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Evangelization on College Campuses: Practice and Theory By Rev. David Olson, J.D., S.T.D. Introduction There can be no one-size-fits-all description of a successful method of campus evangelization. Even what we mean by success will depend upon circumstances. Indeed, we might ask how it is that we measure success of an endeavor above the order of nature. The topic of this short address is “Evangelization on College Campuses.” I believe the notion of evangelization has a broader sweep than the phrase “proclaiming the gospel.” Evangelization is not a one-time event, proper evangelization on campus is meant to spark the commitment to faith while evangelization benefits most from an ongoing relationship to keep the flame of faith alive. My talk will focus on campus ministry from a decidedly Catholic perspective. The Catholic Church in the United States has for many years promoted evangelization and building up the Catholic faith of students at public and private non-Catholic universities. This ministry began in 1883 at my Law School alma mater, the University of Wisconsin at Madison with the founding of what was known as the Melvin Club - named after the founding donor. The stated goal of the Melvin Club at this Land Grant University campus was to keep Catholics in touch with their religious heritage. A decade later, in 1893, the first Newman Club was established at the University of Pennsylvania with the same purpose. Its founder had been a member of the Melvin Club at the University of Wisconsin. The Newman Movement, as it came to be known, was named after John Henry Cardinal Newman who was chosen as the great patron of campus ministers in the United States. According to Cardinal Newman academic studies are incomplete without religious understanding. In The Idea of a University, Newman wrote, “In a word, Religious Truth is not only a portion, but a condition of general knowledge. To blot it out is nothing short, if I may so speak, of unravelling the web of University Teaching. It is, according to the Greek proverb, to take the Spring from out of the year; . . .”1 The cooperation between Catholicism and higher education was a central theme in his writings and work. Newman believed only a union of the two, the study of the liberal arts and sciences along with religious truth, would lead to wholeness of knowledge. This unity is essential because true faith relies on intellectual arguments for its expression and a full understanding of the arts and sciences requires a study of their Creator. The varieties of ministry A recent phenomenon within the Catholic community are evangelically minded groups with a charism directed toward colleges and universities. Fellowship of Catholic University Students (FOCUS), is a national organization that sends missionaries to college campuses. FOCUS, founded by Curtis Martin in 1997, represents a growing trend in Catholic campus ministry. FOCUS is loosely modeled after the Protestant evangelical organization, Campus Crusade for Christ, now known as Cru. FOCUS and similar groups—like Evangelical Catholic—act as missionaries seeking out students. FOCUS is currently found on 113 campuses and Evangelical Catholic is on sixty-three campuses. FOCUS missionaries organize retreats, invite students to Bible studies, and enter into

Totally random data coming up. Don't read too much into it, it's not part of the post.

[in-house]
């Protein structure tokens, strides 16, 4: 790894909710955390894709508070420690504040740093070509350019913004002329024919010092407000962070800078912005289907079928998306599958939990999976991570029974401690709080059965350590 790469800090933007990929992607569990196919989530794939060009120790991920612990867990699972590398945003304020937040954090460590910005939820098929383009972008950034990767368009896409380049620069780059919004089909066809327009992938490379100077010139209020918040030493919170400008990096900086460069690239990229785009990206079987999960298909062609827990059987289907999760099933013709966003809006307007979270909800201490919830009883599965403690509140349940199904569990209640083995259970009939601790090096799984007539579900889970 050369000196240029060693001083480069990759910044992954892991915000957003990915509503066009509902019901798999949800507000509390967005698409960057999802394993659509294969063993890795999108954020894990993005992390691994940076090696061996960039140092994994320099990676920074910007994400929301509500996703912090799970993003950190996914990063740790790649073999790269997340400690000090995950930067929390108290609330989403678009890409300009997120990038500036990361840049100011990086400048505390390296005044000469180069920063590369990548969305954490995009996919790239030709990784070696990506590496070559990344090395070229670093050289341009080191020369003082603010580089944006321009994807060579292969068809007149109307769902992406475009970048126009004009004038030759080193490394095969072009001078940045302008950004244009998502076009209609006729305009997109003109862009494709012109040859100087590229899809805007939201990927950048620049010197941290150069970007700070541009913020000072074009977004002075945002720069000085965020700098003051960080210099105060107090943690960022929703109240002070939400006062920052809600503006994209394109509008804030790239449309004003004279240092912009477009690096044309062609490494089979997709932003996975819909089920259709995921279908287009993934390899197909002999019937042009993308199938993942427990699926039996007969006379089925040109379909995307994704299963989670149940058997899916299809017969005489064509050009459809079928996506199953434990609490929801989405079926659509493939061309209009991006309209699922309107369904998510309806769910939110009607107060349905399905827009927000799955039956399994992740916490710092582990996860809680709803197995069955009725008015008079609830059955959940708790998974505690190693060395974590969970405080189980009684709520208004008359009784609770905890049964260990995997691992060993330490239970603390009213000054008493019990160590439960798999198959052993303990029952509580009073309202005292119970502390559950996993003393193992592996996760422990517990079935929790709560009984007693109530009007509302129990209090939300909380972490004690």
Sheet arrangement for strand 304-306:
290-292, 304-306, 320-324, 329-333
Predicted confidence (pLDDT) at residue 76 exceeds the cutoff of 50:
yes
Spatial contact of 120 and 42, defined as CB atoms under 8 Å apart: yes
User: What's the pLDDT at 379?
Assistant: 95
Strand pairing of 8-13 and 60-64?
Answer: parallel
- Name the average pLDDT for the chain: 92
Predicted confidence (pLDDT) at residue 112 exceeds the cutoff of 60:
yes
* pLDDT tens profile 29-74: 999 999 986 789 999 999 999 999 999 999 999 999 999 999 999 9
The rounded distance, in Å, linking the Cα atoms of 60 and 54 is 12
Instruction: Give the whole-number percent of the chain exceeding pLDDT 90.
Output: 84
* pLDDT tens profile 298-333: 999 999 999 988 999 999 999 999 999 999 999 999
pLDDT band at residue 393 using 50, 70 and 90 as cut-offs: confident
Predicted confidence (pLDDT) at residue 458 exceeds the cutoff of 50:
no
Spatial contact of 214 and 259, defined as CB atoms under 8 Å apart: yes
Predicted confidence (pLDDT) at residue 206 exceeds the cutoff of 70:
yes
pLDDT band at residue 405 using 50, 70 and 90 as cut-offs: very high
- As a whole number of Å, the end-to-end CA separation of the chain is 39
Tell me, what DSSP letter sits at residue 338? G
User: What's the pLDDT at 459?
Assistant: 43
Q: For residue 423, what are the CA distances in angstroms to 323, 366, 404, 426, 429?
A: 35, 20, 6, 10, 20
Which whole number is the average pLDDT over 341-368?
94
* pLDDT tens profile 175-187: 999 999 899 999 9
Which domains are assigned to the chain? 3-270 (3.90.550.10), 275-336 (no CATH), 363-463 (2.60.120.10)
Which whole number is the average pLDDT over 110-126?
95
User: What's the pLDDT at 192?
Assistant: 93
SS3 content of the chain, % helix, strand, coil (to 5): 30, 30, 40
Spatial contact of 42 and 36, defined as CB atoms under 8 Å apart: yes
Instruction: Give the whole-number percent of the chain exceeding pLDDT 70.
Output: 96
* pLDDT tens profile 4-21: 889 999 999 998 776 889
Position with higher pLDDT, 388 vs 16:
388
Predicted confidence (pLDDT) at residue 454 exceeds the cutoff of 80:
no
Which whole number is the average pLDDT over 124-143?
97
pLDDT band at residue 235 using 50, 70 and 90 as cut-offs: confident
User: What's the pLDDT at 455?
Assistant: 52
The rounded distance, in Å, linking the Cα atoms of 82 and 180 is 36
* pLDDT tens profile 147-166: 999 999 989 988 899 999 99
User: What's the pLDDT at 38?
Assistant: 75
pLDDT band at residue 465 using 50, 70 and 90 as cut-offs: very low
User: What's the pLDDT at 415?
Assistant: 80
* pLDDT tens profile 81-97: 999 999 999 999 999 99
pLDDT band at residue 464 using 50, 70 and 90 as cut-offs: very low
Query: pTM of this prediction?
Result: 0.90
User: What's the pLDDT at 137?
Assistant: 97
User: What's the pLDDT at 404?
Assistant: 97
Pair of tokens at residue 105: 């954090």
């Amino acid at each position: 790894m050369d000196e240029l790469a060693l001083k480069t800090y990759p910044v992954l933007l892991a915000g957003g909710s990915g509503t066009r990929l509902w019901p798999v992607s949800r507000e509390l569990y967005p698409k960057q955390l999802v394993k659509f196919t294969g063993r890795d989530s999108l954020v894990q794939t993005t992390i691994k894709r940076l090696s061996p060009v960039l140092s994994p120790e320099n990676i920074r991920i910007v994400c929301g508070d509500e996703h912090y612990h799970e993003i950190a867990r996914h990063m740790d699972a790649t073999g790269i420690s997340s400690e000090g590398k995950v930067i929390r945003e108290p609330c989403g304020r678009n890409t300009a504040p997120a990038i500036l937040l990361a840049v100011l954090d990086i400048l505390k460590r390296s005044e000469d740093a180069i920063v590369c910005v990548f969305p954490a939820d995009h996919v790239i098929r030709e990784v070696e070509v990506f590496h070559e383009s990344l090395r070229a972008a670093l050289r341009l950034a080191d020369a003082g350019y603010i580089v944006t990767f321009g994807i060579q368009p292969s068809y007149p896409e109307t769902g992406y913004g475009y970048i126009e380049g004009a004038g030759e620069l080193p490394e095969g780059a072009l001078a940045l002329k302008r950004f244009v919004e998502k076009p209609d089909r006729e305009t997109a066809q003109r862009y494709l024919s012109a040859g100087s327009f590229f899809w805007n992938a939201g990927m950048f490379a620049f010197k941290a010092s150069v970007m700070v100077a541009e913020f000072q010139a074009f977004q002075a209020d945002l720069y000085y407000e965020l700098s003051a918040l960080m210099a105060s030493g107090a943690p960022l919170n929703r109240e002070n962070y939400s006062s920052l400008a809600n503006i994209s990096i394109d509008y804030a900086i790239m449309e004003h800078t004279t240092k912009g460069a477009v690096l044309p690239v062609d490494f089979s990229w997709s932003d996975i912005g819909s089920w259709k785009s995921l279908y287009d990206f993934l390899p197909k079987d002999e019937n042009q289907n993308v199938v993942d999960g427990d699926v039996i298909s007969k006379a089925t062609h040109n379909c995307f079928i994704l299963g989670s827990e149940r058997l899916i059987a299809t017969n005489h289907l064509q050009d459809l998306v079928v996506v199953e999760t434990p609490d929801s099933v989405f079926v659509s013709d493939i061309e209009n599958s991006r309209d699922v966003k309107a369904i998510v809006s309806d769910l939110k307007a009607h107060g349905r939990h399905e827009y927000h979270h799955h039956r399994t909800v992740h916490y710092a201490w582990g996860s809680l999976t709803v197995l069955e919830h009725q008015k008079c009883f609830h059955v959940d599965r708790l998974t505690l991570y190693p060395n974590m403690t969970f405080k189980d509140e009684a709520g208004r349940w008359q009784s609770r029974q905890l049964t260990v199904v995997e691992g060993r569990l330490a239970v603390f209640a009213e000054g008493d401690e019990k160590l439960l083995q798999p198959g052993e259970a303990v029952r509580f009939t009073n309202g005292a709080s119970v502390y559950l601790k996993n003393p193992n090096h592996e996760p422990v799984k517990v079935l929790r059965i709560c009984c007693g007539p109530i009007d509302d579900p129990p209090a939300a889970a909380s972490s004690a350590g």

Chicago Studies Spring 2017  

Volume 56:1

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